Episode 12, "The Ghosts of Britain"
Synopsis: The mystery of the Raven is about to be revealed as Holmes looks to root out the killer of Watson while Lupin and other parties converge on the hidden treasure. It all comes to a head when deductions are made, secrets are unmasked, and there are tense confrontations! Who will come out on top, the world's most famous detective or the world's greatest thief? Or will it be somebody else? The game's afoot!
Now this is what I'm talking about! Finally an episode of Lupin III Part VI that blew me away. It's just too bad this story arc wrapped up after just a few episodes of it, leaving the rest of the series to tool around elsewhere. But what a conclusion! I loved it.
I enjoyed the scene with Lupin speaking to Albert at the park, each of them trying to out-smug the other. Ultimately, Lupin gets the better of Albert by having Fujiko pop up behind him with a gun. It looks like that's the last we'll be seeing Albert for a while, but hopefully not too long because the character is interesting.
Speaking of Albert, he played right into the plans of the culprit behind all this death and secrecy. After being tipped off, he came into England to impersonate Lord Faulkner, which necessitated an investigation that put Faulkner's belongings aside, including the key to the treasure. The poster was a red herring the entire time. After Faulkner's death, the drawing room remained unguarded, but that, too, was just a diversion, as it was Faulkner's ring that was the real key to the treasure, probably without him even realizing it.
And without the culprit, who turns out to be Inspector Lestrade, from realizing it, either. It was only after Holmes pointed out the ring that Lestrade and Eliot were tipped off, the latter stealing it to get to the treasure, and the former coming along with Holmes hoping he could collect the treasure as evidence and then, presumably, make off with it. And Lestrade killed Horatio, Watson, Faulkner, and Jenkinson all for this. And the reason why the Raven only had one killer was because the Raven was already basically defunct, and only fringe members like Lestrade and Eliot were carrying out their duties without knowing the main body of the organization crumbled decades ago.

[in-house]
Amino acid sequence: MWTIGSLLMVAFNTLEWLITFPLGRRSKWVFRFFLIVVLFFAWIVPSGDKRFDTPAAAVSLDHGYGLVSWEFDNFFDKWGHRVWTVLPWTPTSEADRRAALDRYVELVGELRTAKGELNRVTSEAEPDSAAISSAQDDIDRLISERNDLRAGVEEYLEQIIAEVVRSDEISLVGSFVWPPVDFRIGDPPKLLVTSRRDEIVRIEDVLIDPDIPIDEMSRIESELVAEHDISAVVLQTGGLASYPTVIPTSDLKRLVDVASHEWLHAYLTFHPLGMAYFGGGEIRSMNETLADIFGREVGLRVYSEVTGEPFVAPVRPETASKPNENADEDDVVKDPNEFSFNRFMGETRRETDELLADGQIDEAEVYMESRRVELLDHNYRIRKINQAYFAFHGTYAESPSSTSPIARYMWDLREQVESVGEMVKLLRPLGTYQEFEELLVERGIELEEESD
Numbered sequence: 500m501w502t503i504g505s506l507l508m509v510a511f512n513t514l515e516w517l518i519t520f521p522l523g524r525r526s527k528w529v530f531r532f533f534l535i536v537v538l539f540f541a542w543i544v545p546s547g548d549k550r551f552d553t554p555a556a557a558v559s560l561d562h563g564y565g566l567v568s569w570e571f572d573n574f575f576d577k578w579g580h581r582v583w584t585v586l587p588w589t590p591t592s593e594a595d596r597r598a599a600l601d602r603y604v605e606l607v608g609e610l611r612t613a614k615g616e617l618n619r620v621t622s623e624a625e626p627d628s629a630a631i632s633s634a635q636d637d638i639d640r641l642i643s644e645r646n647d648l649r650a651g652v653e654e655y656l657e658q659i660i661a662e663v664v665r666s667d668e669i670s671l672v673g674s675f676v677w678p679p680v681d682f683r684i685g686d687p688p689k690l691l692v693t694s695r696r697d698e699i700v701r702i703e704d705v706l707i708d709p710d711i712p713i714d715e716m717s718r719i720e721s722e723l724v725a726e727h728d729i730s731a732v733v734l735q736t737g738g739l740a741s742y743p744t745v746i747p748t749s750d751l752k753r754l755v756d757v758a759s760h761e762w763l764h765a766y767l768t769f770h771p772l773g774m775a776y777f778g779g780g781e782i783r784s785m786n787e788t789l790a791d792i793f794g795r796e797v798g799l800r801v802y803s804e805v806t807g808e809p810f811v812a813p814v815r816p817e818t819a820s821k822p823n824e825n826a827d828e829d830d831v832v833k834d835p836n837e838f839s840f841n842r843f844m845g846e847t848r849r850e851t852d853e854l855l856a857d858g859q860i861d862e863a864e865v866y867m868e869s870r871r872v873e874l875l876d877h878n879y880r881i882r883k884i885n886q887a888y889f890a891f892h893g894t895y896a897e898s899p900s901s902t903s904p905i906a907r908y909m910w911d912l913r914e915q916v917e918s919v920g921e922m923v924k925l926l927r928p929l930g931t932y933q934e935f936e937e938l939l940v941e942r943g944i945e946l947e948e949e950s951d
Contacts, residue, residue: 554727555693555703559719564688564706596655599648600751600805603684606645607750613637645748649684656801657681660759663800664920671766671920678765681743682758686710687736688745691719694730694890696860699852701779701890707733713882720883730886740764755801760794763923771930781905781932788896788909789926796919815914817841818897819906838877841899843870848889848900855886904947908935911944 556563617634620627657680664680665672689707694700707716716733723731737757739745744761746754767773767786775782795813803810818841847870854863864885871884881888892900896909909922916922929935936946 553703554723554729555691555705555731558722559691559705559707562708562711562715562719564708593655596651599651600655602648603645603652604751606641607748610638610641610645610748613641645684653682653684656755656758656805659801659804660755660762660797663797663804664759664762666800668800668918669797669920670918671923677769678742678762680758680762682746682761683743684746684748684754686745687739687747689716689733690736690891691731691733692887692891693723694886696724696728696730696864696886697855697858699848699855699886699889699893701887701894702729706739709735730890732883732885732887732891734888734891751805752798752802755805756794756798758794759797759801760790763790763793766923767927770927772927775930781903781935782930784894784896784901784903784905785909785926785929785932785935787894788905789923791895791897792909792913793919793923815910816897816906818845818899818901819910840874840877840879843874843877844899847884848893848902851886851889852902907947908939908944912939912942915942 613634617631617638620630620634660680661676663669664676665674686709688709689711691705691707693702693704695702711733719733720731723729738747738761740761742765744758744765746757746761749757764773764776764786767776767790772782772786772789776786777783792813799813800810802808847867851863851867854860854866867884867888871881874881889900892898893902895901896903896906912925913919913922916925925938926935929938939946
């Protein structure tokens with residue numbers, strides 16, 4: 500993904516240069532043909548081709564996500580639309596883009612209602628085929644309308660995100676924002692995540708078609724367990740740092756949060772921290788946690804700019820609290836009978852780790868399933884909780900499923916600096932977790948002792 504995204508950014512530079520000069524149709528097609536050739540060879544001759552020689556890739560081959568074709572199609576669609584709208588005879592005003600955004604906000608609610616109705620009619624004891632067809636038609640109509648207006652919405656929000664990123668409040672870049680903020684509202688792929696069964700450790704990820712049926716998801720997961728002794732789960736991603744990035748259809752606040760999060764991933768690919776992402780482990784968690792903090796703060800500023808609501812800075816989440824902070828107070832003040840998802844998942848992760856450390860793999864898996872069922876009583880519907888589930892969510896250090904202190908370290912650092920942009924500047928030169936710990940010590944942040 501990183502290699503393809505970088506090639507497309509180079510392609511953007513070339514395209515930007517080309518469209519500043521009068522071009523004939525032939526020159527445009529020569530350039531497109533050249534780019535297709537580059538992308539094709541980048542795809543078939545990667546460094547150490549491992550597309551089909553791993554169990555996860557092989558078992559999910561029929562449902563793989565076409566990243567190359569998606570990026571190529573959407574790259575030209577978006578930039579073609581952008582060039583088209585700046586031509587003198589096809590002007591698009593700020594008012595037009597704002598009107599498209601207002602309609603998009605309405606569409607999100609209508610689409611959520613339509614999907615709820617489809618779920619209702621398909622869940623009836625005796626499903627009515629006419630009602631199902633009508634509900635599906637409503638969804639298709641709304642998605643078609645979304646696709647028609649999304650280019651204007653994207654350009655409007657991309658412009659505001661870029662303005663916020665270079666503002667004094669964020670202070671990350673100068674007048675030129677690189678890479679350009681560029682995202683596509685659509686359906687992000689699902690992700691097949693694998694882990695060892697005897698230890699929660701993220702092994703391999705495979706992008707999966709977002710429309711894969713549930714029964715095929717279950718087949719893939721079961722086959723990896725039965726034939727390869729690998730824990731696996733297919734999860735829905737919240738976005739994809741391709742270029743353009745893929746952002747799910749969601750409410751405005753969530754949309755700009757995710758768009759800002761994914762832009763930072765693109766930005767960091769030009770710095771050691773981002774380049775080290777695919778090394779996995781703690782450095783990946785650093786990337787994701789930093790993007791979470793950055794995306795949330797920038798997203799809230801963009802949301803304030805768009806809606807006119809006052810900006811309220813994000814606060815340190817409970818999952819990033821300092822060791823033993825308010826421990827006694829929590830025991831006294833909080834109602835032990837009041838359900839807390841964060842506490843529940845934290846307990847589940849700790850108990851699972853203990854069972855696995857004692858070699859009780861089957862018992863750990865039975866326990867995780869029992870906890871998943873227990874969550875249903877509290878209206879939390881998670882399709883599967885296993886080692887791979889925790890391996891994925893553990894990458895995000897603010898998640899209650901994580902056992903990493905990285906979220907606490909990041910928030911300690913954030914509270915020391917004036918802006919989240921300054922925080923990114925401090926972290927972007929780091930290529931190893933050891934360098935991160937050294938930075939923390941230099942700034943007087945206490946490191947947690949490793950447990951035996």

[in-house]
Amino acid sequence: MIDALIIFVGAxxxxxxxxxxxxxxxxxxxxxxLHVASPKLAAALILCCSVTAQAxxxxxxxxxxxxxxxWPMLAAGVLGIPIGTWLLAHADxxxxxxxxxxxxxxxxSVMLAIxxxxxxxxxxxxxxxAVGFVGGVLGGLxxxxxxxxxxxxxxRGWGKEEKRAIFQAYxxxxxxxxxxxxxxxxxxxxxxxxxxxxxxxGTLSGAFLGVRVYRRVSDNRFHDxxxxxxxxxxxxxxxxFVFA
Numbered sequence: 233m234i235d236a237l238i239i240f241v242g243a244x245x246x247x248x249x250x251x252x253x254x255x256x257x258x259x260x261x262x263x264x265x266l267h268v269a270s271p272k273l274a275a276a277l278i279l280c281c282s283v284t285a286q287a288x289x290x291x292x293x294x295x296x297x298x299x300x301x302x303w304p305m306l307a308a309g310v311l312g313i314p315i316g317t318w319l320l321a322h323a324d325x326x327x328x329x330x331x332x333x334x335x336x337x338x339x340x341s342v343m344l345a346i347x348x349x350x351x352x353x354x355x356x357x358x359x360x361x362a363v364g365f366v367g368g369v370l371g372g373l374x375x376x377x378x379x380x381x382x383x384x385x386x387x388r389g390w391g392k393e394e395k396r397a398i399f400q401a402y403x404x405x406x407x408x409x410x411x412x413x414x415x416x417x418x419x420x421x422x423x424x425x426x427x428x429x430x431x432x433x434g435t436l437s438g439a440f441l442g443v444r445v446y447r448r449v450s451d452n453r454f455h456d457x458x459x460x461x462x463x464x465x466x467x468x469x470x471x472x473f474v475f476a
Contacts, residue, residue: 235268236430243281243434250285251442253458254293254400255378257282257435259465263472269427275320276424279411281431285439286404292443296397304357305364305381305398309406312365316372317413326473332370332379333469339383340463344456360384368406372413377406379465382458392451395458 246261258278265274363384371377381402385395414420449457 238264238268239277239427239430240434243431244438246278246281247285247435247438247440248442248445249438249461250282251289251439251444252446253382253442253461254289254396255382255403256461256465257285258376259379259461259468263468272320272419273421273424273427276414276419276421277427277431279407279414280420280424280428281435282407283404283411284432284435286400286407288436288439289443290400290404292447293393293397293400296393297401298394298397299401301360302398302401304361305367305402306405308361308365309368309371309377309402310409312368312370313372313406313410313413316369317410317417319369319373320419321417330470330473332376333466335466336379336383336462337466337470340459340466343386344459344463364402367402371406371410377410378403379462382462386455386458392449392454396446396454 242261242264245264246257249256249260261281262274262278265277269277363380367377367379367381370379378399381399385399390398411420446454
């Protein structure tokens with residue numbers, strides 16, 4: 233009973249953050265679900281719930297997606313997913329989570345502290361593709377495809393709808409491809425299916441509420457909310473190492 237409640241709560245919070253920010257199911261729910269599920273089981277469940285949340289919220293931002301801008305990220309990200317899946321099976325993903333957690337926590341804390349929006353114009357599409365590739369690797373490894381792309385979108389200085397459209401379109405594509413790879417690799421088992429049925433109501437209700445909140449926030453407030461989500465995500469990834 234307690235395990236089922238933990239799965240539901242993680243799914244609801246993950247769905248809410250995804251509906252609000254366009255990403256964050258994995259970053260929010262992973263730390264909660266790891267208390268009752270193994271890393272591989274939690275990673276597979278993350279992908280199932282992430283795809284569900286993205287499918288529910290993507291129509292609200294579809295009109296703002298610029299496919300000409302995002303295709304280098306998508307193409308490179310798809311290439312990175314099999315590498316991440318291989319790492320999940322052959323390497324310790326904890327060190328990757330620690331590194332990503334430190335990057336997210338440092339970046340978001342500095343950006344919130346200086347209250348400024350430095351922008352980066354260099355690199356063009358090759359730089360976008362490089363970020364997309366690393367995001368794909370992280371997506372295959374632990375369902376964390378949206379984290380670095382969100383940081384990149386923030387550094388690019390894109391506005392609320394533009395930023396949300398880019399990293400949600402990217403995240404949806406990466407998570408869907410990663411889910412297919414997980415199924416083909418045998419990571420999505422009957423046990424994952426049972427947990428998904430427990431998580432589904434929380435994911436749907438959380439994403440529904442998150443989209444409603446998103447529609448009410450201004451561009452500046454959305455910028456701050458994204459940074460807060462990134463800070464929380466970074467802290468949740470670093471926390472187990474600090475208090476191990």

That was a pretty clever bit of writing. As was the revelation that the treasure Lestrade and Eliot had been looking for had lost its potency as a threat years ago. Too bad for Lupin that he won't be able to collect this particular score, but at least Fujiko didn't get much (just the map for the underground passages).
A particularly good part was Watson making his final request to Lupin, not seeing that it wasn't Holmes that was with him, and Lupin feeling obligated to ensure Lily was taken care of. It shows that while Lupin is a dangerous criminal, he's not without his soft spots, as shown some episodes ago when he saved Kenny in the museum and had Jigen escort the disguised Kenny as a diversion to ensure Lily's safety. Lupin also didn't really have any hard feelings towards Holmes, seeing him as kind of a friendly rival.
An interesting final revelation was that "the Professor" that that assassin from some episodes back was talking about was indeed James Moriarty, a young man who apparently knows Lupin and has been working with the Baker Street Irregulars to assist Holmes this whole time. But obviously Moriarty has his own plans, too. What they are we can only guess at, because this is the end of the storyline.
The episode only loses a bit in the sense that we didn't get to see how Lupin, Holmes, and Lily made it out of the death trap at the beginning (the one from the end of the previous episode) and Jigen and Goemon don't get much to do. Otherwise, it was an excellent episode, clearly the best in this quality-fluctuating series.
So where does Part VI go from here? Apparently to Lupin's mother?! We'll see what's up with that soon.
4.5 out of 5